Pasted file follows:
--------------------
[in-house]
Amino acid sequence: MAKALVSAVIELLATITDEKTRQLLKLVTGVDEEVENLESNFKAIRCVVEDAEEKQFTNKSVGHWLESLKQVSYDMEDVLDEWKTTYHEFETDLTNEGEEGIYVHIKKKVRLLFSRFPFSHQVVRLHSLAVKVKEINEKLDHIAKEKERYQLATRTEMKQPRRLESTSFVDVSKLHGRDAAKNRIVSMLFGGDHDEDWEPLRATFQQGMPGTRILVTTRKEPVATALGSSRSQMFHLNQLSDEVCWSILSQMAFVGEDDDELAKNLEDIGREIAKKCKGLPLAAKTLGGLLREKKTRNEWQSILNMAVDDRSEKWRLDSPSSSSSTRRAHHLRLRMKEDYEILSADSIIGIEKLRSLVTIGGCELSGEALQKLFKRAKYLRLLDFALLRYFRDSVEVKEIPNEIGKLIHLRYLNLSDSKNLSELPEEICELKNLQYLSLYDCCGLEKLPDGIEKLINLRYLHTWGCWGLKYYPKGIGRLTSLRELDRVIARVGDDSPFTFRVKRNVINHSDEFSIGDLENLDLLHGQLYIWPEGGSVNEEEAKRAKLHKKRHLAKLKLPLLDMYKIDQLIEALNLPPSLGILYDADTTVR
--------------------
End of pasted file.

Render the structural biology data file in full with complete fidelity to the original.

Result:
[in-house]
Amino acid sequence: MAKALVSAVIELLATITDEKTRQLLKLVTGVDEEVENLESNFKAIRCVVEDAEEKQFTNKSVGHWLESLKQVSYDMEDVLDEWKTTYHEFETDLTNEGEEGIYVHIKKKVRLLFSRFPFSHQVVRLHSLAVKVKEINEKLDHIAKEKERYQLATRTEMKQPRRLESTSFVDVSKLHGRDAAKNRIVSMLFGGDHDEDWEPLRATFQQGMPGTRILVTTRKEPVATALGSSRSQMFHLNQLSDEVCWSILSQMAFVGEDDDELAKNLEDIGREIAKKCKGLPLAAKTLGGLLREKKTRNEWQSILNMAVDDRSEKWRLDSPSSSSSTRRAHHLRLRMKEDYEILSADSIIGIEKLRSLVTIGGCELSGEALQKLFKRAKYLRLLDFALLRYFRDSVEVKEIPNEIGKLIHLRYLNLSDSKNLSELPEEICELKNLQYLSLYDCCGLEKLPDGIEKLINLRYLHTWGCWGLKYYPKGIGRLTSLRELDRVIARVGDDSPFTFRVKRNVINHSDEFSIGDLENLDLLHGQLYIWPEGGSVNEEEAKRAKLHKKRHLAKLKLPLLDMYKIDQLIEALNLPPSLGILYDADTTVR